Conjuring Credits

The Origins of Wonder

User Tools

Site Tools


Differences

This shows you the differences between two versions of the page.

Link to this comparison view

Both sides previous revision Previous revision
Next revision
Previous revision
cards:torn-corner_dodge [2013/03/29 11:25]
denisbehr tag added
cards:torn-corner_dodge [2017/06/28 14:57] (current)
Line 1: Line 1:
 ====== Torn-Corner Dodge ====== ====== Torn-Corner Dodge ======
  
-Max Maven believes the earliest published instance of this method of confirming the identity of a torn and restored card is in Henri Decremps'​s //La magie blanche dévoilée// ​(1784English translation ​published the following year)Decremp ​claims to expose the methods (and hence the effects) of Pinetti, based on a performance observed in 1783. One of the routines explained ​is "The Card Nailed to the Wall by a Pistol Shot," which uses a version of the torn-corner identification. ​Further appearances of the idea in print occur in Hoffmann's //Modern Magic// ​(1876), Roterberg'​s //New Era Card Tricks// ​(1897) and Hilliar'​s //​Modern ​Magician'​s Handbook// (1902)The idea also crops up in early magazines; e.g., //Mahatma// (1895)//The Sphinx// (1904)//The Magician// (1906), //The Wizard// (1907), //​Stanyon'​s Magic //(1907). Published versions ​continue ​to appearwith increasing frequency, during the nineteen-teens. By the 1920s the idea had become standard ​and there are dozens of applications.+Max Maven believes the earliest published instance of this method of confirming the identity of a torn and restored card is in Henri Decremps'​s //La magie blanche dévoilée//​1784, p. 12 of the English translation. ​Decremps ​claims to expose the methods (and hence the effects) of Giovanni Giuseppe ​Pinetti, based on a performance observed in 1783. The routine references above is "The Card Nailed to the Wall by a Pistol Shot," which used a version of the torn-corner identification.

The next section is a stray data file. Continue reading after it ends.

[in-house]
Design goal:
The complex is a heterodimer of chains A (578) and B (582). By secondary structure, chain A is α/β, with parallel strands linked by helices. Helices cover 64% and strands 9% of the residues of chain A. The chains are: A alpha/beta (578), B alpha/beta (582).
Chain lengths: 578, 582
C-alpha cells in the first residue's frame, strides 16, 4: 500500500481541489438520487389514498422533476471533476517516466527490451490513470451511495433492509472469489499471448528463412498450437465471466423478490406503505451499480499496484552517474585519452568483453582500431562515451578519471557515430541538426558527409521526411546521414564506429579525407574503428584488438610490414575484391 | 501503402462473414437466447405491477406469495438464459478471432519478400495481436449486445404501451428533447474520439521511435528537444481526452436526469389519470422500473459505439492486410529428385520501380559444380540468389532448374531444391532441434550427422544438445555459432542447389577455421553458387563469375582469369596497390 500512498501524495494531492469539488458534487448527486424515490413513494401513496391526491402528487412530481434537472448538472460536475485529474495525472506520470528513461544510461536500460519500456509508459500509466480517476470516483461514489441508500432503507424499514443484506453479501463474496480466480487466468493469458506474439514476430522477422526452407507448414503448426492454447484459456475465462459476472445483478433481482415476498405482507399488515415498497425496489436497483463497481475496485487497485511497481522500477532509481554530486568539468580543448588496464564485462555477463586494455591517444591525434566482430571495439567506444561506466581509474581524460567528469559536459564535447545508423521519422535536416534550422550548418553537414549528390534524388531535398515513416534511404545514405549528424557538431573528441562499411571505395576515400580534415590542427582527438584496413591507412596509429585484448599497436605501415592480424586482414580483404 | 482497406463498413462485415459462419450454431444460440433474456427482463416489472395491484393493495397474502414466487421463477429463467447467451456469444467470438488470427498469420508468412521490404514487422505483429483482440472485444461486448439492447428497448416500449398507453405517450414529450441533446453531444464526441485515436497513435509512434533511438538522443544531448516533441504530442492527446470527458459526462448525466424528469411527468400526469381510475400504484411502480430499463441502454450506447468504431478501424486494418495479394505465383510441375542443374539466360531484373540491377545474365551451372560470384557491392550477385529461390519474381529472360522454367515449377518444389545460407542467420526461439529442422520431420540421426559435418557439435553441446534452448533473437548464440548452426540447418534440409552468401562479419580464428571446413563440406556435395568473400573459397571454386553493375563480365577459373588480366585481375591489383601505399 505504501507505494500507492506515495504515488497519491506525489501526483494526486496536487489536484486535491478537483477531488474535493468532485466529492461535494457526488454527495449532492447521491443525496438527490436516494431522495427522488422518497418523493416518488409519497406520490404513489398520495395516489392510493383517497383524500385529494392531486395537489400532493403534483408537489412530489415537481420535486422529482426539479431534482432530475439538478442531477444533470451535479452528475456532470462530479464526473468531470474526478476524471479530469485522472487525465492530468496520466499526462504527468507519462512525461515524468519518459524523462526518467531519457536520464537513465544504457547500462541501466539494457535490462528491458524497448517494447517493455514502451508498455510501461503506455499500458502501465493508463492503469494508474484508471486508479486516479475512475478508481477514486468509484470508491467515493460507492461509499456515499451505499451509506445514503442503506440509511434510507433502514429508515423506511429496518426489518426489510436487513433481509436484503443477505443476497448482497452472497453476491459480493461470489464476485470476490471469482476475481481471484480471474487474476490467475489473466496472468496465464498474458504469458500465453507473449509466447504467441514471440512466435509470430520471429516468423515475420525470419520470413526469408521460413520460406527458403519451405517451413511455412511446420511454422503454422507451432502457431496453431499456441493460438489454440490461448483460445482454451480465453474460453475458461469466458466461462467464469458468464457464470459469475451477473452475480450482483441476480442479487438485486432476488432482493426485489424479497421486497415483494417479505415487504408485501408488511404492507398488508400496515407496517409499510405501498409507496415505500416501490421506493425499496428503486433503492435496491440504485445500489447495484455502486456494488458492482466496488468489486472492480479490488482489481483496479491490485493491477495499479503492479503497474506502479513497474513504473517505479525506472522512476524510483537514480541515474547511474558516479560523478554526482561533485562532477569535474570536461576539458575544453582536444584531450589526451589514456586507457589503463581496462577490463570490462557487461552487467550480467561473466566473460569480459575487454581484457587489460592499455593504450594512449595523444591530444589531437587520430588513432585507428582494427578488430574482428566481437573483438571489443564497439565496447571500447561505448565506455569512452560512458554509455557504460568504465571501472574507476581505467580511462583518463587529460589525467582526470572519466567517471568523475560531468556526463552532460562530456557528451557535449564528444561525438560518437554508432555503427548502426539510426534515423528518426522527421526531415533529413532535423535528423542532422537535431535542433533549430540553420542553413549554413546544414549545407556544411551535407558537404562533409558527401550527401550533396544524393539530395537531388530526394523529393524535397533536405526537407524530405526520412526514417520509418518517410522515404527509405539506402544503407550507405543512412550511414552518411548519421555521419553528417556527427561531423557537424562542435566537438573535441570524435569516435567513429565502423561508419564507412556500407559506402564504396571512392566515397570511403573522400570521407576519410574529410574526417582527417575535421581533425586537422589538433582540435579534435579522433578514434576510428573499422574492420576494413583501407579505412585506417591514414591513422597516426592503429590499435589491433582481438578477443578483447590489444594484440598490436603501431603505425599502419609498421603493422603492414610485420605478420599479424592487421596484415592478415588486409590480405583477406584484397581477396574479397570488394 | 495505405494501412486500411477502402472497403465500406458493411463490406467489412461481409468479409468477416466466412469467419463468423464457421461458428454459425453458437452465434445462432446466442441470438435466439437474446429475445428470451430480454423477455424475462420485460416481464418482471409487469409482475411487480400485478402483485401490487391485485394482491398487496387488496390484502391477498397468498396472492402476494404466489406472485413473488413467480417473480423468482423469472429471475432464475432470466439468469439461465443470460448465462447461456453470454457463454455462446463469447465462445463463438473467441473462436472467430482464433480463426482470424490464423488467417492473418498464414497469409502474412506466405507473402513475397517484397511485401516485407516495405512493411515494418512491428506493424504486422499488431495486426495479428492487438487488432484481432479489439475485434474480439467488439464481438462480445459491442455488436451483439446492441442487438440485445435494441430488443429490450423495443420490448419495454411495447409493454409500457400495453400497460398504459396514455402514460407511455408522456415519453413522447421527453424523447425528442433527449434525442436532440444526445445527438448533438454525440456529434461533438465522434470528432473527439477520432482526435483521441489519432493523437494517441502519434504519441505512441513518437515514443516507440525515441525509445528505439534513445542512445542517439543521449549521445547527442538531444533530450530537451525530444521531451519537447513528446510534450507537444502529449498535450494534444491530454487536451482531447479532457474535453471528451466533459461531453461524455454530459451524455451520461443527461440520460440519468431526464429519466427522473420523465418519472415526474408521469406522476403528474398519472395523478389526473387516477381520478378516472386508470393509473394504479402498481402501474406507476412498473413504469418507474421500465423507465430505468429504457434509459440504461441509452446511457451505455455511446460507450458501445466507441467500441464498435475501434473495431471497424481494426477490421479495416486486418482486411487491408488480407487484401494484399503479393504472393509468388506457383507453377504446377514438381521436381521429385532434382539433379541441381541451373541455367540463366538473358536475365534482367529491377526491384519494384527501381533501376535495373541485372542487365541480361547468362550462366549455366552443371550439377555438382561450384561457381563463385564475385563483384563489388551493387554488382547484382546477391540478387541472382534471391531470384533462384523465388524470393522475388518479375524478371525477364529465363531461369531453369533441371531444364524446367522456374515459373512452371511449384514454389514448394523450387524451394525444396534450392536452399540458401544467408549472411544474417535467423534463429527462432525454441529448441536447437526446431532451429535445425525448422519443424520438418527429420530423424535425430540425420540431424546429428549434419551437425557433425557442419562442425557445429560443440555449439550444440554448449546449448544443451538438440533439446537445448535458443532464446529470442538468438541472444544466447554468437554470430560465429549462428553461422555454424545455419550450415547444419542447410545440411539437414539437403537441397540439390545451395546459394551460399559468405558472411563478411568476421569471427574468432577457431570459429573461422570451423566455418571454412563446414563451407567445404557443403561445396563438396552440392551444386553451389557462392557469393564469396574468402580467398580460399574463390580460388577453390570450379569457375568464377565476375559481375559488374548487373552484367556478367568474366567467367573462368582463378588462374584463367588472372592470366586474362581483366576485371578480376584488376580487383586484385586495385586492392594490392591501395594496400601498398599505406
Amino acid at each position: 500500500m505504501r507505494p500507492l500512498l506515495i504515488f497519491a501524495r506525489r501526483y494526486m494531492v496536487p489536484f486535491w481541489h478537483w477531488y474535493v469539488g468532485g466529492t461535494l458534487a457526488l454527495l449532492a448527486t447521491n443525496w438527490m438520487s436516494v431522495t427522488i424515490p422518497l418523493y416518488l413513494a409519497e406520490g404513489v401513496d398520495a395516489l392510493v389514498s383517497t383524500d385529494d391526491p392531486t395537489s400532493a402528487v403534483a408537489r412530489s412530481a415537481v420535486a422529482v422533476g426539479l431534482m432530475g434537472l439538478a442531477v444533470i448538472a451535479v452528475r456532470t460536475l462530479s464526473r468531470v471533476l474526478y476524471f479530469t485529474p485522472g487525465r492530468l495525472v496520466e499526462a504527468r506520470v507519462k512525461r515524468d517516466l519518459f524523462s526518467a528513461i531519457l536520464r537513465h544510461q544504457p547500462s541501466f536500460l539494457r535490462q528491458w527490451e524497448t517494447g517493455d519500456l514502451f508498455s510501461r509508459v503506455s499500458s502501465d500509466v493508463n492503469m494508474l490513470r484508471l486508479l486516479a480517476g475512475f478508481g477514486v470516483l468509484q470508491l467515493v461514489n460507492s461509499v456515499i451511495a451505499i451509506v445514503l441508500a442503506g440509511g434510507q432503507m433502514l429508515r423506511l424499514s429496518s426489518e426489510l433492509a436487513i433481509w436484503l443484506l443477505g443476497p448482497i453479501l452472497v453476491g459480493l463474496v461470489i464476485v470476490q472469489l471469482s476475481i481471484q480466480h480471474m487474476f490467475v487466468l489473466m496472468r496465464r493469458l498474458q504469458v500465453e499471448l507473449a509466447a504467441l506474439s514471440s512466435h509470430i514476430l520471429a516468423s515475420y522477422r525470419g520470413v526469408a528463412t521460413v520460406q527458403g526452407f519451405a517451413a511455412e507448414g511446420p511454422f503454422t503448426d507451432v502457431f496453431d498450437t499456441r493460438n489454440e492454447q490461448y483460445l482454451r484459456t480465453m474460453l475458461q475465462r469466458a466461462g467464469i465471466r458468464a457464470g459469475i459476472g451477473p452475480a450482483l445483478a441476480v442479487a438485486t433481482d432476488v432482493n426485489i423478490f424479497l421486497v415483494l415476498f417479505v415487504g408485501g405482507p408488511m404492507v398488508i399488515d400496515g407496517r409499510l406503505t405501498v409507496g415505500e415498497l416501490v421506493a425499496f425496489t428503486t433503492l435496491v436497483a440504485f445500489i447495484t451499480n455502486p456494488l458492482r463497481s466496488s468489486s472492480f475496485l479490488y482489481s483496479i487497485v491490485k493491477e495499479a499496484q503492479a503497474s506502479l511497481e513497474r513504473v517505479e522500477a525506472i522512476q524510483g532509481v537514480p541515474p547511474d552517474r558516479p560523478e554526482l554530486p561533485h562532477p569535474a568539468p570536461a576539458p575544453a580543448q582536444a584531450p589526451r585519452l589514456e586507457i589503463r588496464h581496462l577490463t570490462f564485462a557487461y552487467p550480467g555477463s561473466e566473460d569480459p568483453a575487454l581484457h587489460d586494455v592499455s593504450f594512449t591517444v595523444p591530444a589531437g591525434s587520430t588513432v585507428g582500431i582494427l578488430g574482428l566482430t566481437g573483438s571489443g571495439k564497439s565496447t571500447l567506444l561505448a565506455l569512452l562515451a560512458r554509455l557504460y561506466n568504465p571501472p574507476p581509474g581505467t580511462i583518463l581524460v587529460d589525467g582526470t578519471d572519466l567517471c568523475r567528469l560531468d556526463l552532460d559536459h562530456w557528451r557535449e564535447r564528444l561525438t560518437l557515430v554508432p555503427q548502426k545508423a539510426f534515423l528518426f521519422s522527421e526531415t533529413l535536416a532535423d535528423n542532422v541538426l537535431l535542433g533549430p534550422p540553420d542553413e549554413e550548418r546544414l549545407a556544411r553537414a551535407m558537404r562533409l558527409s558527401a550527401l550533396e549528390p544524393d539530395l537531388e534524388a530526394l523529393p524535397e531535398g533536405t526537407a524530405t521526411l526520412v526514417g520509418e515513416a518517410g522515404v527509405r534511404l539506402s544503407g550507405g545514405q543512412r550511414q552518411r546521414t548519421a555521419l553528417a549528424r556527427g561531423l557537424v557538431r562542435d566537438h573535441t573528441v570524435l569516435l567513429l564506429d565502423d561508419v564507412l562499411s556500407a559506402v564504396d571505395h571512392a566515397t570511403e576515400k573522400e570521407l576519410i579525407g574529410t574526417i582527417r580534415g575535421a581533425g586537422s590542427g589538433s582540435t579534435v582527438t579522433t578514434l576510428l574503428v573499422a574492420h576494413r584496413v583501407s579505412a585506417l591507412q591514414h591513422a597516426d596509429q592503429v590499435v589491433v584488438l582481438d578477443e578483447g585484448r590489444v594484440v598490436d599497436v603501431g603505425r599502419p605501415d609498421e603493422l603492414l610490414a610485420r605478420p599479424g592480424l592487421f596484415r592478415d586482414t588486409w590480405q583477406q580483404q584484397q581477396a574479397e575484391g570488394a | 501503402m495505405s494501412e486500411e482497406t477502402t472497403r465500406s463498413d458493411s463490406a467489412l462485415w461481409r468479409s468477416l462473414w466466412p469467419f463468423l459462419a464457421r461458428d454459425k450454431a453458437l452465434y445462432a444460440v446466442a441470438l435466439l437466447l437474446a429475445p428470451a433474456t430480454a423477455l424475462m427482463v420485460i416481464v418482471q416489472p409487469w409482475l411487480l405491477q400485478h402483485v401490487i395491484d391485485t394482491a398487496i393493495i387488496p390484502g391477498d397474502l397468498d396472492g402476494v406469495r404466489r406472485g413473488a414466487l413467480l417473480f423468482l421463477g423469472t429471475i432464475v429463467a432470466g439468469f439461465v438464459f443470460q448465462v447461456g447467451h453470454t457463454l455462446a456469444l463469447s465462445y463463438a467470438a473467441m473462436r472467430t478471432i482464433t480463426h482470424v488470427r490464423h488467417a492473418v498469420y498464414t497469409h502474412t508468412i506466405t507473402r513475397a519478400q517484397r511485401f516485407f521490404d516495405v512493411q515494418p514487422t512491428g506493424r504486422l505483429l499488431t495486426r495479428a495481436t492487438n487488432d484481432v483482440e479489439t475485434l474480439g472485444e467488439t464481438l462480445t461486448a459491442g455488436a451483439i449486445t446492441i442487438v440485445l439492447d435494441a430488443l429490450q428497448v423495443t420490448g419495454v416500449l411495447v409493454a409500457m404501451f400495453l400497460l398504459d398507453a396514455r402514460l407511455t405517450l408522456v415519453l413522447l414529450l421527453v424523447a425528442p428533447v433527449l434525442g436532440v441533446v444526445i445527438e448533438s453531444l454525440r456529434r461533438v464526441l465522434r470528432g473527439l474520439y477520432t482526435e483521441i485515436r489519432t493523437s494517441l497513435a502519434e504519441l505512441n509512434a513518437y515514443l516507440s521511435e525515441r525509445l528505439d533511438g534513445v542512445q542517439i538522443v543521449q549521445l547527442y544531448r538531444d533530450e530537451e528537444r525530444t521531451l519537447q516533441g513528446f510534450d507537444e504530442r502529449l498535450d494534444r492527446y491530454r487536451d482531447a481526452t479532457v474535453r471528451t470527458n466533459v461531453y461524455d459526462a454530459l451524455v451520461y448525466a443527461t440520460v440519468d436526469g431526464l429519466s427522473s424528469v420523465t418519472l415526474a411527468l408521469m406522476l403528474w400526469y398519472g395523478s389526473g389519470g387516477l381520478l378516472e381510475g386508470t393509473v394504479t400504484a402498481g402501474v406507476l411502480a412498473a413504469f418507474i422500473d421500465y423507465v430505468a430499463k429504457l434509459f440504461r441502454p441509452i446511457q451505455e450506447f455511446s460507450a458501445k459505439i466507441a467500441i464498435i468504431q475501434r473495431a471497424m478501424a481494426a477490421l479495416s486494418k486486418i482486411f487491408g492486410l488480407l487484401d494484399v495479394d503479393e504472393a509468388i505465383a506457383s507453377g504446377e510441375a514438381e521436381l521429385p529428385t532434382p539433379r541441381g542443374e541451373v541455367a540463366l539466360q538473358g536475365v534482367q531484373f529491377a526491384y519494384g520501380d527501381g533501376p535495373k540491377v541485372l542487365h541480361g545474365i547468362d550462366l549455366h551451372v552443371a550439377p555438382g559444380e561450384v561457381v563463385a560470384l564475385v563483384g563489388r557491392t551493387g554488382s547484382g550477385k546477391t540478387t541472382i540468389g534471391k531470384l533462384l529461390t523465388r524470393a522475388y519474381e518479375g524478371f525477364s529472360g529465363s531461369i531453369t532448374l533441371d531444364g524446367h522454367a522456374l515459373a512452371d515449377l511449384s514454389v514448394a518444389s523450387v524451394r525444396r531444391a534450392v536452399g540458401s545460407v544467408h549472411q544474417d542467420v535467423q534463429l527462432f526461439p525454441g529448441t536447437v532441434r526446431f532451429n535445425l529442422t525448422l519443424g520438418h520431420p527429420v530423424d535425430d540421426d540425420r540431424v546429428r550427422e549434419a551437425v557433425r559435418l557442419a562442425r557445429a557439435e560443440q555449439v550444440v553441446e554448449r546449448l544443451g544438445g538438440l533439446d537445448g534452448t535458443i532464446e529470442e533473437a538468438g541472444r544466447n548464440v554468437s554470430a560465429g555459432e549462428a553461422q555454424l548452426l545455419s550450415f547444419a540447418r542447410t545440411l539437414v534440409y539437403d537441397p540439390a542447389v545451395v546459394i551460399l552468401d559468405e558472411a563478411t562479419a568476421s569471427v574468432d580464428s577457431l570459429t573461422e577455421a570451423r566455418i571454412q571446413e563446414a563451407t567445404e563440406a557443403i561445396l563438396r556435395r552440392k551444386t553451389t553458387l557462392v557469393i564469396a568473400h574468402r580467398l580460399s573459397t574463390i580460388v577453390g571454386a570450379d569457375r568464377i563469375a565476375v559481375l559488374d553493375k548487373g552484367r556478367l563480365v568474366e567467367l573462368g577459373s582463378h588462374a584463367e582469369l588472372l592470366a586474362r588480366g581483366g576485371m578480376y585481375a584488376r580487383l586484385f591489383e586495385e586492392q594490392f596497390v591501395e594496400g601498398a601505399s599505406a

+ 
 +That routine, along with the torn corner ​idea, was republished several times across many books throughout the nineteenth century. The concept began branching out in other tricks near the end of the century, with a torn and restored card in Professor Hoffman's //Modern Magic//1876, p. 98; August ​Roterberg'​s //New Era Card Tricks//, 1876, p. 75; William John Hilliar'​s //​Modern ​Magicians Hand Book//1902, p59; and a rising card in Hoffmann'​s ​//Drawing Room Conjuring//, 1887p. 42. Published versions ​continued ​to appear with increasing frequency, during the early 1900s. By the 1920sthe idea had become standard, with dozens of applications.
  
 {{tag>​principle}} {{tag>​principle}}